Prime Minister Narendra Modi and other world leaders jointly inaugurated the ‘Gandhi Solar Park’ at the United Nations. Among the notable global leaders, South Korea President Moon Jae-in was also present for the inauguration. The inauguration was a part of the event 'Leadership Matters: Relevance of Gandhi in the Contemporary World'. It was hosted on the sidelines of UNGA at New York.
Moon Jae-in said that he was honoured to have been invited by Prime Minister Narendra Modi. Read his complete statement on the birth anniversary of Mahatma Gandhi here:
Honorable Prime Minister Narendra Modi, who invited me to this precious event, and other distinguished heads of state and government, I am pleased to meet you all. The United Nations was born out of the ravages of World War II for the sake of the independence of repressed nations and world peace. It is truly meaningful that an event to honor Mahatma Gandhi, the symbol of nonviolent resistance for freedom and peace, is being held at the United Nations. One of Gandhi’s teachings embodies the United Nations’ spirit: “There is no path to peace. Peace is the path.” At the same time, it has become a compass for navigating toward peace on the Korean Peninsula. For Koreans who are ushering in an era of permanent peace, Gandhi is a great teacher who inspires us with wisdom and courage.
This year marks the 150th anniversary of the birth of Gandhi and also the centennial of Korea’s March First Independence Movement. Korea’s pro-independence manse demonstrations that started on March 1, 1919, were a massive struggle joined by some two million people, approximately 10 percent of the entire population back then. Ordinary nameless people stood up to Japanese imperialists through the strength of nonviolence, and their spirit of the March First Independence Movement served as the foundation for a democratic republic.
A century ago, Koreans shared camaraderie-like bonds and hopes with Gandhi and other contemporary Indians. They blessed and respected the man who was leading his country through Satyagraha, nonviolent resistance. They also had extraordinary trust in and expectations for the Indian people who were marching step by step toward independence. In February 1923, the Korean people came to know about Gandhi’s boycott of British goods through the press, and in the summer that year, Korea’s campaign to promote the use of domestic products reached its peak.Gandhi criticized Japanese imperialists for imprisoning uncooperative Korean students and also sent a message to encourage the Korean people on January 5, 1927, expressing his hope that Joseon would come to wholly belong to Joseon through absolutely truthful and nonviolent means.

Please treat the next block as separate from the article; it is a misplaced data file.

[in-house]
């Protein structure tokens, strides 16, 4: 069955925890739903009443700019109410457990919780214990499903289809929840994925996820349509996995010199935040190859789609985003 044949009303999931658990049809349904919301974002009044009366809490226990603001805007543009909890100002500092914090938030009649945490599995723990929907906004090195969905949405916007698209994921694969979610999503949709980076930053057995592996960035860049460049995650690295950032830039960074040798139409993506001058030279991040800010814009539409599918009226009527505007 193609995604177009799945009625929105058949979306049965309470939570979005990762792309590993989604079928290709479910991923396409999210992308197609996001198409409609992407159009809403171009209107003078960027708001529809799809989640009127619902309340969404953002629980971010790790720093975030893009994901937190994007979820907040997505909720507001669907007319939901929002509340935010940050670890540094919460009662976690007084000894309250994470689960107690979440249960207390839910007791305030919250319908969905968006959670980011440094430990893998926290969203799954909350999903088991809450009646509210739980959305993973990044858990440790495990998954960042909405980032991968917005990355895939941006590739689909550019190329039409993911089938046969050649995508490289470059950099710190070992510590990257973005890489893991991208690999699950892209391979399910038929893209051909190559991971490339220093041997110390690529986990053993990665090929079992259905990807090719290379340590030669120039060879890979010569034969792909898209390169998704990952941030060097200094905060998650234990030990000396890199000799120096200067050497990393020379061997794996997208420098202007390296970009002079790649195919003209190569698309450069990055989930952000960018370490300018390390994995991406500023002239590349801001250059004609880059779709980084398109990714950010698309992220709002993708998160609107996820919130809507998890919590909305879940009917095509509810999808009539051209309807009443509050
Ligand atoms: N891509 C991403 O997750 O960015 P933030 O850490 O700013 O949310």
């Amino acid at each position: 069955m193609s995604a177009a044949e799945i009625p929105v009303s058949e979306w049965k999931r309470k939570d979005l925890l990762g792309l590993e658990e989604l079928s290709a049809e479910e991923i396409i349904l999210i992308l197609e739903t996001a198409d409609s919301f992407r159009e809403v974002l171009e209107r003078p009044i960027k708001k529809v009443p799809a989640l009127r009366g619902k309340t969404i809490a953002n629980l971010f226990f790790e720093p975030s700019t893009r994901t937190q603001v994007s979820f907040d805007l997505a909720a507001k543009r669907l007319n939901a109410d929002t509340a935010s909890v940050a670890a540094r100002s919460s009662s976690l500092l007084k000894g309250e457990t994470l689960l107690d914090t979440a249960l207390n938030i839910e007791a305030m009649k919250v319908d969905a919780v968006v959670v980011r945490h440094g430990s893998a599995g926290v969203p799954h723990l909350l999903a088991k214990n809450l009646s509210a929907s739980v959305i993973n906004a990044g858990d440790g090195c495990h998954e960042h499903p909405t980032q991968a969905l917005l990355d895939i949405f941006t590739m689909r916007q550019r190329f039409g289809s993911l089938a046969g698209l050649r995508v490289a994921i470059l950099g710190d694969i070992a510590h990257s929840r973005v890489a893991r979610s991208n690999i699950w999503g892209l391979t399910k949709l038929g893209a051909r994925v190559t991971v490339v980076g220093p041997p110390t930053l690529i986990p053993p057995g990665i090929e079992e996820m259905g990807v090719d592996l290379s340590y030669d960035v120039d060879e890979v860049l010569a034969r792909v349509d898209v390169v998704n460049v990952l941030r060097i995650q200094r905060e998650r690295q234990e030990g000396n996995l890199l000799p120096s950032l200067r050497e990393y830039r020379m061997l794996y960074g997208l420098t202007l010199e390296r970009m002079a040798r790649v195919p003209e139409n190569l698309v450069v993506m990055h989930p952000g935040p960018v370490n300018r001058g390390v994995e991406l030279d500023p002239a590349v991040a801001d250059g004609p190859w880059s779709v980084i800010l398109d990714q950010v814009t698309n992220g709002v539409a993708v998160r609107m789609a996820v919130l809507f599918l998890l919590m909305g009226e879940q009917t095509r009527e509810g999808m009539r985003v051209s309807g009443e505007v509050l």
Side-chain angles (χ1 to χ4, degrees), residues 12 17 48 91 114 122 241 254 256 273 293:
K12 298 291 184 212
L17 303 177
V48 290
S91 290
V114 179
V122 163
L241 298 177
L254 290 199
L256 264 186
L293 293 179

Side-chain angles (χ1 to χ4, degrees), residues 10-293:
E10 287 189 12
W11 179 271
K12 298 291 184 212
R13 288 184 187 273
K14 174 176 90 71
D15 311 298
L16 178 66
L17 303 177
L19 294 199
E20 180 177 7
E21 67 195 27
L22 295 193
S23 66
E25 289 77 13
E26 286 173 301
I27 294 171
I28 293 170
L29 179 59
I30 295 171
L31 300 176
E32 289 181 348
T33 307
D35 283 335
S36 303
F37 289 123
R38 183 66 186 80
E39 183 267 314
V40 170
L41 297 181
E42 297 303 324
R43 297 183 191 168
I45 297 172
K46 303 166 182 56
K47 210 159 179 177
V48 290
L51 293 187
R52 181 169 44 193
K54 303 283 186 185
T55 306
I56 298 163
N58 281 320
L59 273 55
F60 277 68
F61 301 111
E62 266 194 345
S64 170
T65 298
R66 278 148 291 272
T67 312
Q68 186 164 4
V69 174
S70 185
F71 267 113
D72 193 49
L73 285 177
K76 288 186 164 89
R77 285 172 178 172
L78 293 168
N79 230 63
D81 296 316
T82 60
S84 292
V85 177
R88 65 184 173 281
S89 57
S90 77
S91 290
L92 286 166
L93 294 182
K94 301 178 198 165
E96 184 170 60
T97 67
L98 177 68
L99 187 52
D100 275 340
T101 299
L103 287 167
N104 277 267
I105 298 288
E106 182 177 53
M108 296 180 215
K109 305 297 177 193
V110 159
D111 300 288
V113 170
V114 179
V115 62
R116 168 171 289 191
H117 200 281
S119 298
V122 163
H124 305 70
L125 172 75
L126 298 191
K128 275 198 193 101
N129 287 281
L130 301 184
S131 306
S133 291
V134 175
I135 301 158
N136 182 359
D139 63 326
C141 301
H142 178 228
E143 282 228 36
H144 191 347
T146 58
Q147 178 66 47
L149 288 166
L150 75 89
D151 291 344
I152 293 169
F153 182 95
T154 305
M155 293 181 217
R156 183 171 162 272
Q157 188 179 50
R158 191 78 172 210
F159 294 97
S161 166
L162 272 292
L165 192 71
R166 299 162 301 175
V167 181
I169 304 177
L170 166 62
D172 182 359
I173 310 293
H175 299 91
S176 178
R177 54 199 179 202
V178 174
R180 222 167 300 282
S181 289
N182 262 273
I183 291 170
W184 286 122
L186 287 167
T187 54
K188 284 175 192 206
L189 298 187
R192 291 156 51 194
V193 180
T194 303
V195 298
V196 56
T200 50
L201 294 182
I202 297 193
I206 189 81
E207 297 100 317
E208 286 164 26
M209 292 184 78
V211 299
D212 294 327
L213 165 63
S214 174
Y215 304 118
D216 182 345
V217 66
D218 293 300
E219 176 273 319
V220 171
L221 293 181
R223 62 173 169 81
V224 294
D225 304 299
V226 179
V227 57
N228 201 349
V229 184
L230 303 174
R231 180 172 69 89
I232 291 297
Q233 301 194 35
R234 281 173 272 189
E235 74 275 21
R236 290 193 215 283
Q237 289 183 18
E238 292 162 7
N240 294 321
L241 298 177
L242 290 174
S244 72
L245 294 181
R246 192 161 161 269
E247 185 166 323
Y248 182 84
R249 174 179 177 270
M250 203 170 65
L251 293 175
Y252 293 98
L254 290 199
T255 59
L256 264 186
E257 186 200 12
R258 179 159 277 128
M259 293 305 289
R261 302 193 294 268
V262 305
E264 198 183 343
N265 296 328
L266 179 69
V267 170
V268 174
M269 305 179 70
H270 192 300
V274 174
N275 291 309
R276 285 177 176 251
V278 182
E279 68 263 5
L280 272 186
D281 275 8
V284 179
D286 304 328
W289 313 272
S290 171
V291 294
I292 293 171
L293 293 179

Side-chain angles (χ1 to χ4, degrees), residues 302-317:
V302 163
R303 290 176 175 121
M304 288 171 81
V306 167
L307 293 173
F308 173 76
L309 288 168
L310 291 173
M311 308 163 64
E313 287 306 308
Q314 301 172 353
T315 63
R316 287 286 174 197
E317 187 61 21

Newspapers in Korea published articles about Gandhi’s Salt March for 23 consecutive days in the spring of 1930. The Korean people deeply empathized with India’s nonviolence movement led by Gandhi, and they loved the poems of Rabindranath Tagore about how Korea’s March First Independence Movement had touched him and those of Sarojini Naidu which spoke of her sympathy. Prime Minister Modi and distinguished heads of state and government, India and Korea, both having suffered from colonial rule, were partners who gave inspiration to and courage for each other’s liberation. Now, India and Korea are advancing our special strategic partnership further based on the shared values of democracy and common prosperity.
The world is becoming a better place with the spirit of Gandhi. Nelson Mandela overcame Apartheid with the strength of inclusiveness and truth. Rosa Parks started the Montgomery bus boycott in 1955. Martin Luther King Jr. led the civil rights movement. Women in the Himalayan region started the Chipko Movement against logging companies in 1974 by hugging trees and singing. All of these who fought against violence with the power of nonviolence to protect themselves and their communities as well as nature and the dignity of life are the descendants of the Great Soul, Gandhi. Guaranteeing the ordinary people’s right to determine their own destinies and that of their communities constitutes the very starting point of democracy. Gandhi said that we have nothing without hope. We can be happy only when we cherish and nurture hope in daily lives. I hope that today’s event to celebrate the 150th anniversary of Gandhi’s birth will greatly inspire us to ponder his spirit and move toward a world where everyone embraces each other. I express my gratitude to Prime Minister Modi for his special consideration in inviting me to this event. Given the respect and love that Koreans have for Gandhi, I am confident that India-Korea relations will deepen further.
Apart from this, PM Modi also inaugurated the ‘Gandhi Peace Garden’. The Garden is an innovative initiative under which the Consulate General of India in New York, Long Island-based NGO Shanti Fund and the State University of New York (Old Westbury) have entered into an agreement to plant 150 trees. The garden is dedicated to the memory of Mahatma Gandhi. The initiative is a crowdsourced project, with people adopting trees in the memory of their loved ones. The garden is in an open site within the 600 acres campus of the University.
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